Being a technical recruiter isn’t always easy, especially because a lot of technical recruiters aren’t necessarily technical themselves. Technical skills are extremely diverse and change on a daily basis, so it’s very hard to keep up and to understand what is and isn’t important to the company you’re hiring for. In this article, I’ll offer 5 tips to hire tech talent when you’re not a techie. I’ll also discuss tools and mindsets that are increasingly important for hiring in 2018 and onwards.
It’s crucial to spend extra time with the hiring manager to really understand their needs, the skills and the priorities they’re looking for in a candidate and role. Often all areas of knowledge are mentioned in the job description, but only few are actually needed and core to the job. Reducing the requirements to what’s actually needed, or better categorising skills, will result in clearer objectives and a better understanding of what the company is looking for.
For example, if you’re hiring a front-end developer, the focus is on front-end development; however, this developer at minimum also needs:
How do you find the right techie? Increasingly popular is LinkedIn, and as useful as this recruiting tool is, there are other efficient ways to get in touch with techies. In my city, Calgary, there are many meetups and events organized for techies. From talks about mobile development, to big data, to (IT) infrastructure migrations, there is a wide variety of events. They’re usually free to join and open to everyone.
These events are full of people that are interested and excited about technology. Chances are some of these attendees are looking to make a career change. You get the added benefits of speaking in person and building a personal connection, which your potential candidate will remember much longer than a digital connection. Did I mention there are (usually) free drinks and pizza? All I see are benefits!
Increasingly, I find candidates are doing their homework before contacting a hiring company or recruiter. They will research the company, what group they might be working for, the company’s culture and values (like work-life balance). Arguably, as a result we’re now in a candidate-driven market, which has a lot of potential or drawbacks depending on your situation.
If your reputation is awesome, like Google, people will be waiting in line to work for you. However, if you had some rough financial years, reorganizations or layoffs, your reputation could be at an all-time low. Even though you may have changed (increased sales, started hiring again, changed focus to increase employee happiness, etc.) your reputation will still be low for several years to come. What’s important here, as a recruiter, is to spend time with the hiring manager to understand where the company is in regards to their reputation, how it got to where it is now, and if and how the future will be different.
I think it would be greatly beneficial to write a summary of that knowledge on the job description to provide an accurate description of the company to the candidate. It’s either that or the candidate reading reviews on an online (and potentially negative) job board. The choice is yours…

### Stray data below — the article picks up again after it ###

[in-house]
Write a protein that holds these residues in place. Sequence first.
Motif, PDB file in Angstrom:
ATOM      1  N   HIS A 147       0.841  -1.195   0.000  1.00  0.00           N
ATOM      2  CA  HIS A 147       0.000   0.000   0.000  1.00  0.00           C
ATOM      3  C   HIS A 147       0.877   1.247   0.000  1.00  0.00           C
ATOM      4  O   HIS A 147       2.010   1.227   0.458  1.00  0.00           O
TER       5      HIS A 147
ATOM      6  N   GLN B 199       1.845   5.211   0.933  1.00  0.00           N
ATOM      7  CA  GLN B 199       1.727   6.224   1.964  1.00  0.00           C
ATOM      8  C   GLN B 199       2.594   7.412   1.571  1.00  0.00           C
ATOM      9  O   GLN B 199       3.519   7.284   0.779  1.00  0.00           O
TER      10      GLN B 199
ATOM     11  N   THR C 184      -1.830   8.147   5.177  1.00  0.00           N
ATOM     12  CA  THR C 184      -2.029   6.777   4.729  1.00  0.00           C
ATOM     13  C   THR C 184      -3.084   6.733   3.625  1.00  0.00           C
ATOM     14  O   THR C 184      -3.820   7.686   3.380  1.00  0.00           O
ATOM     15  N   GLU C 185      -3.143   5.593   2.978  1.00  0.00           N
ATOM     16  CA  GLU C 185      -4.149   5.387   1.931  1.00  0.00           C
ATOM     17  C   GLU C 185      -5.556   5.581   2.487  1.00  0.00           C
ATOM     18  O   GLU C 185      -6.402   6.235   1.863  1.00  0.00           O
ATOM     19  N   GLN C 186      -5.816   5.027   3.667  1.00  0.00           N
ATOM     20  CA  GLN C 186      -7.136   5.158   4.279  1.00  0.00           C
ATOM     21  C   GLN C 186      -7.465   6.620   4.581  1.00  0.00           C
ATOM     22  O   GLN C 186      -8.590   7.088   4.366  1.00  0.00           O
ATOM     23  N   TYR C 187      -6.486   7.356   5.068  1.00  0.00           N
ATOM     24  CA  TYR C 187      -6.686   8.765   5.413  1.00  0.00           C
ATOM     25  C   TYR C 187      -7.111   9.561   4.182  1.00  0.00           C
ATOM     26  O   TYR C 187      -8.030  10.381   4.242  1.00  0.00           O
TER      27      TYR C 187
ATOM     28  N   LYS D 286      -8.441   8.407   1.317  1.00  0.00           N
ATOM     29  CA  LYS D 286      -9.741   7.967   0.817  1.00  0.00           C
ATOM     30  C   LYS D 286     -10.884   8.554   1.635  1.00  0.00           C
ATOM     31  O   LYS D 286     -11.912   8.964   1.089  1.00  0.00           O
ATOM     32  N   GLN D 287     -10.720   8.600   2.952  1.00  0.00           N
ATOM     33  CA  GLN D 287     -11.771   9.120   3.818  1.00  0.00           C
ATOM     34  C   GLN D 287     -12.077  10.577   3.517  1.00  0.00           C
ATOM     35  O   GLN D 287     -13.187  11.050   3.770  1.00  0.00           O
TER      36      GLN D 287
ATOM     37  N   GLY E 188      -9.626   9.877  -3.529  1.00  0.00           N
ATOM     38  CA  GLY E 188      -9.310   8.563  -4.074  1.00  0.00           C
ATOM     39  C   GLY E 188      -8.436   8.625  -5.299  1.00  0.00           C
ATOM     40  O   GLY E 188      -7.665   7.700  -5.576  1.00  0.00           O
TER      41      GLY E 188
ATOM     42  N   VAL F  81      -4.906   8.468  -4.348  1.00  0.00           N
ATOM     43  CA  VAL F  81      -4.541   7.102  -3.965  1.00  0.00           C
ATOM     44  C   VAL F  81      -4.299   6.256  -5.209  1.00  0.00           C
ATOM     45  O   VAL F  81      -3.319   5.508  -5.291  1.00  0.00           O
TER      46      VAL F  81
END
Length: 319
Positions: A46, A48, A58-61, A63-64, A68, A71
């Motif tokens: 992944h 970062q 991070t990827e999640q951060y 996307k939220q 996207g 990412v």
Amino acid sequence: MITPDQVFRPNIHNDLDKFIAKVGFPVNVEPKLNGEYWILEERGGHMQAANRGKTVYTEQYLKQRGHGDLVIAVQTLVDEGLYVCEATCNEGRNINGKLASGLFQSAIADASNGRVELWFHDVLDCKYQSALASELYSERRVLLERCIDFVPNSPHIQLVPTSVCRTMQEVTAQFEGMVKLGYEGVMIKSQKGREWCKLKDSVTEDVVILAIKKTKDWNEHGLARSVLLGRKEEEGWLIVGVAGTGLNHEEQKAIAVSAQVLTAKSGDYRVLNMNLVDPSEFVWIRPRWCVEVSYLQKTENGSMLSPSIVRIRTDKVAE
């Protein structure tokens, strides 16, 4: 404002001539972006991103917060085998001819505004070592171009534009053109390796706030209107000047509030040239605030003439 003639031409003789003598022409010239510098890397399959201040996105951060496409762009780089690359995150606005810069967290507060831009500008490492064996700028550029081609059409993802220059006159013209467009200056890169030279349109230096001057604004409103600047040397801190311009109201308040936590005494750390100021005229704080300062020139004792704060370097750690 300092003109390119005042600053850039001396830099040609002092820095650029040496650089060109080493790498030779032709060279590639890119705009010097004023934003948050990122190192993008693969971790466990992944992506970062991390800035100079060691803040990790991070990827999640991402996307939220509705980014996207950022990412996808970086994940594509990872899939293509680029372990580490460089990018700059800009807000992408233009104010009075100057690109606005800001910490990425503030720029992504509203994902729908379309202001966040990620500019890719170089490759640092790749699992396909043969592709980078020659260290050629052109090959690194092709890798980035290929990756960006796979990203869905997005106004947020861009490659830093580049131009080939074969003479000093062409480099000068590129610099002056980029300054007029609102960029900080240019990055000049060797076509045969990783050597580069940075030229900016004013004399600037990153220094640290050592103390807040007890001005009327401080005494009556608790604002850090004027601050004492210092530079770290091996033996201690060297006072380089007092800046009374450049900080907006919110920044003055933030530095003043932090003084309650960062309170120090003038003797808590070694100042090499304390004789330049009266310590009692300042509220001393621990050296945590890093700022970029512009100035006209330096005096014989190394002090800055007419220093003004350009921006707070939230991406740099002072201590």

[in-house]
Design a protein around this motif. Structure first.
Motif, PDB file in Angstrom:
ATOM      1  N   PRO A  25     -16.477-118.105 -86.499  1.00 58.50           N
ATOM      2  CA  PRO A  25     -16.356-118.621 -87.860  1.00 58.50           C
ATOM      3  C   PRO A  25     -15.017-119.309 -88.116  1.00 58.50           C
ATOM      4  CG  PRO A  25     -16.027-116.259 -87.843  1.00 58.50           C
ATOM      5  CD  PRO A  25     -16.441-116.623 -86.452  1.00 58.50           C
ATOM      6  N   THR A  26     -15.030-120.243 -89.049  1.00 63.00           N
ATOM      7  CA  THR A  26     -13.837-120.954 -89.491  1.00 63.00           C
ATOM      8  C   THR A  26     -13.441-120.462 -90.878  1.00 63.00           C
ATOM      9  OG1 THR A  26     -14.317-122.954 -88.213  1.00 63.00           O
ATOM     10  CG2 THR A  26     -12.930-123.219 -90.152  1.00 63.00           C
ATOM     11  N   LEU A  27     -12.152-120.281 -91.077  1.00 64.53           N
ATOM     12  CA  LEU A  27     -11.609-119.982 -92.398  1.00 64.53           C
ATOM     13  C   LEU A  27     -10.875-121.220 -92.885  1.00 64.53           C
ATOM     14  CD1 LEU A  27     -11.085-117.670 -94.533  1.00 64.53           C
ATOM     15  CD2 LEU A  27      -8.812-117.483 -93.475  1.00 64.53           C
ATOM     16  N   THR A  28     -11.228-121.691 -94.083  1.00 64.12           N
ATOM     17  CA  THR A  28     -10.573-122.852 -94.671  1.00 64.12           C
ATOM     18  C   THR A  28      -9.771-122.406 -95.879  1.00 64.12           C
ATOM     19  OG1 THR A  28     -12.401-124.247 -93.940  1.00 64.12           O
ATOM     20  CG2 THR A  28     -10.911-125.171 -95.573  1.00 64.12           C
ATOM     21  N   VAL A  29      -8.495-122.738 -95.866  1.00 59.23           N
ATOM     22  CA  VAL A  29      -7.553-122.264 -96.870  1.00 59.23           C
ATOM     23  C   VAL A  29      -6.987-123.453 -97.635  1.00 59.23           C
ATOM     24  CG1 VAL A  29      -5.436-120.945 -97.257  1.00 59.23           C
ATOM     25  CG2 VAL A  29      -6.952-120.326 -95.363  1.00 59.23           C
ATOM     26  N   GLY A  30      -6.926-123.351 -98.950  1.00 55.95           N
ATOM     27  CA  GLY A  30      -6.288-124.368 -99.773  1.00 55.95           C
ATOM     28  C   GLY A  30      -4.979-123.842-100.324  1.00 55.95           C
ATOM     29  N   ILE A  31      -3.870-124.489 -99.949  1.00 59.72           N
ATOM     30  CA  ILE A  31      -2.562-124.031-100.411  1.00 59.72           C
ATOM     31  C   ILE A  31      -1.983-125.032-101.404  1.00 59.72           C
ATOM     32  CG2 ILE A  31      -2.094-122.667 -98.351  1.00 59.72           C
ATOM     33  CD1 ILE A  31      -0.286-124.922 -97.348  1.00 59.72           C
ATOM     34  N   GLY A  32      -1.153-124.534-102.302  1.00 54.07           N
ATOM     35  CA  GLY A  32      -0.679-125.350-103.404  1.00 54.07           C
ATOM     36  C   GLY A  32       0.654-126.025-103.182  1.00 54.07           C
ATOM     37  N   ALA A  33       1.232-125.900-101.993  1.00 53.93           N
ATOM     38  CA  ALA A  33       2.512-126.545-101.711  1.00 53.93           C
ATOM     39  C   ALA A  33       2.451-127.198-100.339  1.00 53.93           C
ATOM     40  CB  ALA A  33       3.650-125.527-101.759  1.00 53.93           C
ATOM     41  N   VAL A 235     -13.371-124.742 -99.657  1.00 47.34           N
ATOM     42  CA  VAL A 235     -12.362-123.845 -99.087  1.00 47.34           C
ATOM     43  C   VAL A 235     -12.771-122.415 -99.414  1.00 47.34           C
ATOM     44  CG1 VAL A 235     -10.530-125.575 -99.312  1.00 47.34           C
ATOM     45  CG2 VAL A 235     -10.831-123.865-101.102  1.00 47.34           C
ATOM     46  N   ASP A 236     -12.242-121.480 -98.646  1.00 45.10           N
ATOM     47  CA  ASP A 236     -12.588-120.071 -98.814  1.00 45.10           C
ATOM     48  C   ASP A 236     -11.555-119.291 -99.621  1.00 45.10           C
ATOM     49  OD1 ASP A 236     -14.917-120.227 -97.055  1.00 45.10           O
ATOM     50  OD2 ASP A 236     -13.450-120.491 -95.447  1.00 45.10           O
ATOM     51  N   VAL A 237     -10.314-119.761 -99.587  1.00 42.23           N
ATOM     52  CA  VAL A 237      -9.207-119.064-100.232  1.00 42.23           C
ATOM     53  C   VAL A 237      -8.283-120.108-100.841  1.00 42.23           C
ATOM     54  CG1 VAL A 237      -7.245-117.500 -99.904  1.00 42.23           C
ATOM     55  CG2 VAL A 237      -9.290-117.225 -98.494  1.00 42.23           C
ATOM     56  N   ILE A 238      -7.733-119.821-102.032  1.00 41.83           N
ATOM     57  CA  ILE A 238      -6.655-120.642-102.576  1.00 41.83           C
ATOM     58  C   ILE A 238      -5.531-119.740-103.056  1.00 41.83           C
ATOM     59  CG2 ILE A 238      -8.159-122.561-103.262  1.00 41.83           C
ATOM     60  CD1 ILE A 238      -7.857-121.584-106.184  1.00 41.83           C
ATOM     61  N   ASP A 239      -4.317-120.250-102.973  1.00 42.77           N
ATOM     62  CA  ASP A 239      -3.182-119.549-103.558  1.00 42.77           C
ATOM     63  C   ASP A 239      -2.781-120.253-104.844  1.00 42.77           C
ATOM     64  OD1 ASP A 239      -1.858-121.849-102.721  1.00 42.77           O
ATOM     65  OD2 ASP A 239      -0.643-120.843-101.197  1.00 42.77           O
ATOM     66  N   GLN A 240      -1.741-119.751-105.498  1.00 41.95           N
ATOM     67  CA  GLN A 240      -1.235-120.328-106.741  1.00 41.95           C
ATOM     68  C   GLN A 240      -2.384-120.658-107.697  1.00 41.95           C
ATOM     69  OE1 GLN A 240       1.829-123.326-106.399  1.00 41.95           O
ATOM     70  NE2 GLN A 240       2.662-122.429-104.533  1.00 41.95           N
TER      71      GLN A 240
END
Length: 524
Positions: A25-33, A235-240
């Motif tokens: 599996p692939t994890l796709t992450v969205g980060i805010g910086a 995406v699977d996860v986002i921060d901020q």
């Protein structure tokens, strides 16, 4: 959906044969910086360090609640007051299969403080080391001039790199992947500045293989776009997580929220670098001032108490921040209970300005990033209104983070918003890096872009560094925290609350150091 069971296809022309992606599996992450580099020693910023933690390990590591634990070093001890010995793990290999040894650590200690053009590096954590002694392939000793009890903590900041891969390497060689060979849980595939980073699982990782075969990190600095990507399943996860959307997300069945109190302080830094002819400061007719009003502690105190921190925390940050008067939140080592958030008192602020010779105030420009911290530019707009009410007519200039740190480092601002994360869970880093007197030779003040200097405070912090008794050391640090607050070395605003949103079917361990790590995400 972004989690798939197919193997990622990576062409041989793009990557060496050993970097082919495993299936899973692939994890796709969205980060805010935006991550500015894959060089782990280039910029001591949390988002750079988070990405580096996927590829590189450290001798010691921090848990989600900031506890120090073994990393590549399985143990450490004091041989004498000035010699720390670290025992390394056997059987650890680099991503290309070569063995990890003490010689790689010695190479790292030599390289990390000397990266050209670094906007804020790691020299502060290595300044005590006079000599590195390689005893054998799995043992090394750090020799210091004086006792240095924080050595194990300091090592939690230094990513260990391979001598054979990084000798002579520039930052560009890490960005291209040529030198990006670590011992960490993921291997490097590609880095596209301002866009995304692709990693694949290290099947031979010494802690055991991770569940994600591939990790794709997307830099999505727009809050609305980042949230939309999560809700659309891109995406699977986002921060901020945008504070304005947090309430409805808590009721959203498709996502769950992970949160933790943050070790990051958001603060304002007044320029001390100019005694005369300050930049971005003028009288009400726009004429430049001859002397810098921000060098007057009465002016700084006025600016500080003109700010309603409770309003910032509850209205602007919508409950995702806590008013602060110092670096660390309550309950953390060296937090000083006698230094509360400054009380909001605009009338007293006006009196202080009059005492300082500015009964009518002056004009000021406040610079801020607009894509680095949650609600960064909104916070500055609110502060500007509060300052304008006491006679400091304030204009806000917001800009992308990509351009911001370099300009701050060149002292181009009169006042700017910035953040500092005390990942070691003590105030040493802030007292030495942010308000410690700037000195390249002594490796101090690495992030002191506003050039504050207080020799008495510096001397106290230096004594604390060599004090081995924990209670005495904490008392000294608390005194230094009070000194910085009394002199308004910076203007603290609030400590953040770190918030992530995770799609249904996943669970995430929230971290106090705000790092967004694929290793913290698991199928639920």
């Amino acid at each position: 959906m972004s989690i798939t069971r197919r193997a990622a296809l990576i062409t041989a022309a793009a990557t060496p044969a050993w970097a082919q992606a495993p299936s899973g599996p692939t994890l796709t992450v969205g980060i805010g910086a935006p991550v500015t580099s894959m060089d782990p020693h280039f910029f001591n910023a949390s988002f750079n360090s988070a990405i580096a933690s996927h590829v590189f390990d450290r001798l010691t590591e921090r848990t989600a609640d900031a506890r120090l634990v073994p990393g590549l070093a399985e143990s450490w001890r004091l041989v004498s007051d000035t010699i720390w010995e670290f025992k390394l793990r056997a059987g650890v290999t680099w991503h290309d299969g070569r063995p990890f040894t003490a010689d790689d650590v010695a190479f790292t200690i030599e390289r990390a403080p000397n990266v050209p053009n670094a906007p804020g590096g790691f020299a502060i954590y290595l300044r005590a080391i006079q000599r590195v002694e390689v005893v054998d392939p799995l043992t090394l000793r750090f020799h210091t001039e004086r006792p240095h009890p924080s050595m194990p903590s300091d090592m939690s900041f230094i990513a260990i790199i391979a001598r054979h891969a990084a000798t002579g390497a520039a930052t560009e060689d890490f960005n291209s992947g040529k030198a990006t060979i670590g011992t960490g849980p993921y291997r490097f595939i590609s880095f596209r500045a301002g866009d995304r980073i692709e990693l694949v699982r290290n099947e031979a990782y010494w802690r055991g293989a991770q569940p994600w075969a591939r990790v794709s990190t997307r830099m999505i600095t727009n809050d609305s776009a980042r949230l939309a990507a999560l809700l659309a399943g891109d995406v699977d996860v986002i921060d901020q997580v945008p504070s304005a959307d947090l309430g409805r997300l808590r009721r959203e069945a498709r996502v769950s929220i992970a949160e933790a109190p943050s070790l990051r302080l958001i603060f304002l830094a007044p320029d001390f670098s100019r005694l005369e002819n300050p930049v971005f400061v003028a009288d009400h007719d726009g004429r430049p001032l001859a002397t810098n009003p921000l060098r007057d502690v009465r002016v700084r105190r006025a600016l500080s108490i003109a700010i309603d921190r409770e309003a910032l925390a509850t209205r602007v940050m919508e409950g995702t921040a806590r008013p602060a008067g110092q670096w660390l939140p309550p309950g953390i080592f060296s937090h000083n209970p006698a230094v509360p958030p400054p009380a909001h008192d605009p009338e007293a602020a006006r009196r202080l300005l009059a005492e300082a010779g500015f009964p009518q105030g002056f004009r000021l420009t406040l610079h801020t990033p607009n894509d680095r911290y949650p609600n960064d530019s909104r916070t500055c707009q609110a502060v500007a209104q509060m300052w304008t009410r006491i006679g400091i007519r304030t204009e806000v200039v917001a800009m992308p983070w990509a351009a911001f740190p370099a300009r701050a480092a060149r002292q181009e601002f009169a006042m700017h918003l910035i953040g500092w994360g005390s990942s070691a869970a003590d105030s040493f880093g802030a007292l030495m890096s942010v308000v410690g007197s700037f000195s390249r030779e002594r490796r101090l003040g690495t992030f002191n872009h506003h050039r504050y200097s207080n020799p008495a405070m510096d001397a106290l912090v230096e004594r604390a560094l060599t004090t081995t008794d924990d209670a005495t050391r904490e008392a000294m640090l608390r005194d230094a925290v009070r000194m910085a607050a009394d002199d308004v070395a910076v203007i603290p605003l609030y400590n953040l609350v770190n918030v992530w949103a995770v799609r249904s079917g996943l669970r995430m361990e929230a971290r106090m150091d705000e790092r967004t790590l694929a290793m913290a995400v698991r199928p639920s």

In my experience, techies are often very particular, which could mean you’re unintentionally fishing in a very small pool of candidates. As mentioned earlier, wording is important so make sure the job description is not only accurate to what the hiring manager is looking for, but does not exclude candidates by accident. If the company offers flexible hours or the ability to work from home, mention that on the job description as it could be critical to some candidates. You could also benefit from highlighting company values, like maintaining a work-life balance, which you may not normally include on a posting. If this particular job does not require a team to be physically located together to be successful, mention you’re open to hiring in other cities as well.
Again, it is important to review your wording. Some industries like technology are a predominantly male workforce. The wording used in a job description could (unintentionally) be more geared toward men. As a result, some women may pass on an otherwise great opportunity. In the links below, there’s an article that references a study on words that are more male vs female. It includes a recommendation to use a mixture of both groups of words to create an inclusive job description.
While increasing your pool of candidates, by doing the above, you’ve also created a more inclusive job posting, widened your reach and created a more accurate job description.
You’re probably well versed in marketing, designing a hiring process, communication skills, understanding hiring needs, etc., but what about evaluating the technical capabilities of candidates that look promising? Here’s where pre-screening tools prove to be very useful.
Whether it’s a behavioural or technical test, pre-screening tools save you time and money and generally also deliver detailed reports based on an objective test. Even if you know exactly what kind of technical skills an employer is looking for, how would you know if a candidate actually has these skills and is not just putting buzzwords on their resume with the sole purpose of increasing their chances of landing an interview? Or maybe you do know how to test for these skills, but why not outsource this time-consuming task so you can focus on other critical tasks in the hiring processes? Tasks like ensuring the job description is inclusive and less restrictive, for example.
Use tools to your advantage and not just as “yet another tool we have to use”.
Candidate-driven market study
Employer branding ideas
Can you spot gender bias in job description
Study with regards to gender wording in job advertisements
Gender decoder for job postings
Gender bias bot